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Default routes advertised by protocols

I don't believe I THOROUGHLY understand the "default-information originate [always]" commands in OSPF, so I set something up in my lab wherein Router E ran OSPF and had the "default-information originate" command configured. Routers F,G, and H became neighbors, but things went wacko during the adjacency-formation process (a router with a lower ID became DR, one neighbor stayed in EXSTART for five was MADNESS). So I powered down E, F, and G but left H on.

I noticed an hour later that despite Router E, the originator of the default route, being down for more than an hour, Router H still had the "candidate default" route in its table, with E's interface as the next hop.

As best I know, dynamic routing info would not stay in the route table of a neighbor router running a protocol if that route's next-hop router went dead.

So with advertised default routes, they are originated by a routing protocol on one router but then considered static by the routers that receive it?

(Also weirdly, I did clear ip route * on Router H and the default route disappeared but then reappeared anyway; despite Router E remaining completely unconnected.)

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Re: Default routes advertised by protocols

Hello Stuey,

this is interesting to show some limits of link state protocols.

I remember a similar case of a colleague complaining of orphaned LSAs.

my understanding is that each LSA is a data structure with only one owner that is the advertising router.

The LSA is flooded in the OSPF area and all routers in the area have the same link state DB.

However, for a given LSA only the originator node can do the following:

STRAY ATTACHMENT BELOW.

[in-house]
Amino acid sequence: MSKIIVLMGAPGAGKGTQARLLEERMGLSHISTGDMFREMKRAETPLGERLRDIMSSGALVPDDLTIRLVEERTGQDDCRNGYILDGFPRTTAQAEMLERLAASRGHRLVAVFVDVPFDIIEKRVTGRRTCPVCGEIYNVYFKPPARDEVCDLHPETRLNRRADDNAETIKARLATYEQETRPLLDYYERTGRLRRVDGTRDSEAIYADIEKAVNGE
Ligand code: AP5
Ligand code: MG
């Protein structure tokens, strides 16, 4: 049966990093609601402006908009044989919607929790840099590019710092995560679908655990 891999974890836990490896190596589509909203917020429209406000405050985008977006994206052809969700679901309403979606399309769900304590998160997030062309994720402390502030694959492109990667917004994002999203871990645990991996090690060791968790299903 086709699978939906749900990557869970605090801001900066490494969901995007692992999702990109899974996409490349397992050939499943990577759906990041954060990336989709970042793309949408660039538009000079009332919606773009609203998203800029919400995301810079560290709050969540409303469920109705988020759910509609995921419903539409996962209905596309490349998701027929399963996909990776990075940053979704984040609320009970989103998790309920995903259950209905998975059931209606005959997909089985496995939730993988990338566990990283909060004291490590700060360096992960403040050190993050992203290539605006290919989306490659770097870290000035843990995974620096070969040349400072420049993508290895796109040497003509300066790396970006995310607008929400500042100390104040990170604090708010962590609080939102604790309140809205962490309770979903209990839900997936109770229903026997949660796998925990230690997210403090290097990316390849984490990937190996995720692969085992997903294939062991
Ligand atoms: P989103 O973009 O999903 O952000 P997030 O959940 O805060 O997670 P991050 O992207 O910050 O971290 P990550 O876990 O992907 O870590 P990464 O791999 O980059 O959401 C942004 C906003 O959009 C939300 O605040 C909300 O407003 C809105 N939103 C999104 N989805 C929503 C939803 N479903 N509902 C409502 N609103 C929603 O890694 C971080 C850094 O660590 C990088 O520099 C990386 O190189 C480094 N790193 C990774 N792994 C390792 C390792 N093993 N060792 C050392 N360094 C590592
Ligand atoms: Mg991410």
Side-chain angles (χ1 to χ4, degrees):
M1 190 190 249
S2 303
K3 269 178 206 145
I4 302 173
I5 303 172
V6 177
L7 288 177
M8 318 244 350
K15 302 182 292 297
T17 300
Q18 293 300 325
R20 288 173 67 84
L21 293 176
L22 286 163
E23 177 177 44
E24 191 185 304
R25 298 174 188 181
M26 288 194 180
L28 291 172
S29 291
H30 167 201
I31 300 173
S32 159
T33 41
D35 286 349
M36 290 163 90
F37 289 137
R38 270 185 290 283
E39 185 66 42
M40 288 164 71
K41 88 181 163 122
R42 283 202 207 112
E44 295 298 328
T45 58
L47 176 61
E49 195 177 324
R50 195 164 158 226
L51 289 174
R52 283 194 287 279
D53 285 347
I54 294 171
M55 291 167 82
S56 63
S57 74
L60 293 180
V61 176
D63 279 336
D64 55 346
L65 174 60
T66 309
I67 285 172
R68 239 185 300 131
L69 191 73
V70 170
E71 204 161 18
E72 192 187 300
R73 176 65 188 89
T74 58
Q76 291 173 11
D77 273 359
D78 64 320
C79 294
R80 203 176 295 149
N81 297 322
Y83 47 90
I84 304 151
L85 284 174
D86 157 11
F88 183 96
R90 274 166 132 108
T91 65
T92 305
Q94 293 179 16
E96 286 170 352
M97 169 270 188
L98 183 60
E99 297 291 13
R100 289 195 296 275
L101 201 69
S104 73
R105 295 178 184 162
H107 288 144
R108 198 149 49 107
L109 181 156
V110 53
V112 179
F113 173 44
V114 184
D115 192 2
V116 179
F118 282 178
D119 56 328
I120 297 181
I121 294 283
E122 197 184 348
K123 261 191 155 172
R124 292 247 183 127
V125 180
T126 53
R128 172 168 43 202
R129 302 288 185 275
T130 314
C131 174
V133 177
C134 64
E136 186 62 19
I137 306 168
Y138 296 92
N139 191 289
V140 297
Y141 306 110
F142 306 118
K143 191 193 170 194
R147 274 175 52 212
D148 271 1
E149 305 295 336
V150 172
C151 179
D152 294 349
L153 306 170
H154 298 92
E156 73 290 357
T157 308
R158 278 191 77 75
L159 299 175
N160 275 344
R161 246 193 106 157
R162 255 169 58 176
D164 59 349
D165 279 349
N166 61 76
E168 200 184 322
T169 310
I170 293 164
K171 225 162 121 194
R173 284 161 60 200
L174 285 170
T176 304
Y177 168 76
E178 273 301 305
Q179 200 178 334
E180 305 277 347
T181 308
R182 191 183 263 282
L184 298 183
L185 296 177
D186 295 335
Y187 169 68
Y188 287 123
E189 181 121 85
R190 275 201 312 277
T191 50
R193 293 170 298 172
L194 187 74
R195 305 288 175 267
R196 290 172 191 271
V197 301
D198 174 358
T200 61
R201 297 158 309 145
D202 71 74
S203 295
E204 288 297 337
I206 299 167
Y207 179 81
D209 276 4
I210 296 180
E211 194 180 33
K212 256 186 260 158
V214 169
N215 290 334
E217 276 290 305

it can refresh it after 30 minutes (half the maximum life of an LSA)

it can modify it

or when it is applicable like for an LSA type 5 it can withdraw it in order to be purged from the database.

You haven't said how your routers have been interconnected.

All we know is that an LSA type 5 describing a default route has been originated by RE and successfully propagated to RH that has it in its LS DB.

Then suddenly you have decided to power off or isolate all OSPF routers with the exception of RH.

Then you look at RH, you see it has no OSPF neighbors and you still see this orphaned LSA in the routing table.


I see more then hour later it was still there.

I would say this is more a SW bug that a characteristic of OSPF itself.

Hope to help


Re: Default routes advertised by protocols

They were all connected by token-ring.

Once E, F, and G were powered down (and I think I rebooted H in the meantime), H's ospf database looked well: It had only H's own Type 1 LSA in there.

Except I think that only raises more confusion about how E's default route got back in there!

This makes me wonder about how OSPF treats an advertised default route if the default route itself isn't an OSPF link: a scenario wherein the default route's next hop isn't participating in OSPF; and its link wasn't included in an OSPF router-config network statement on the advertising router...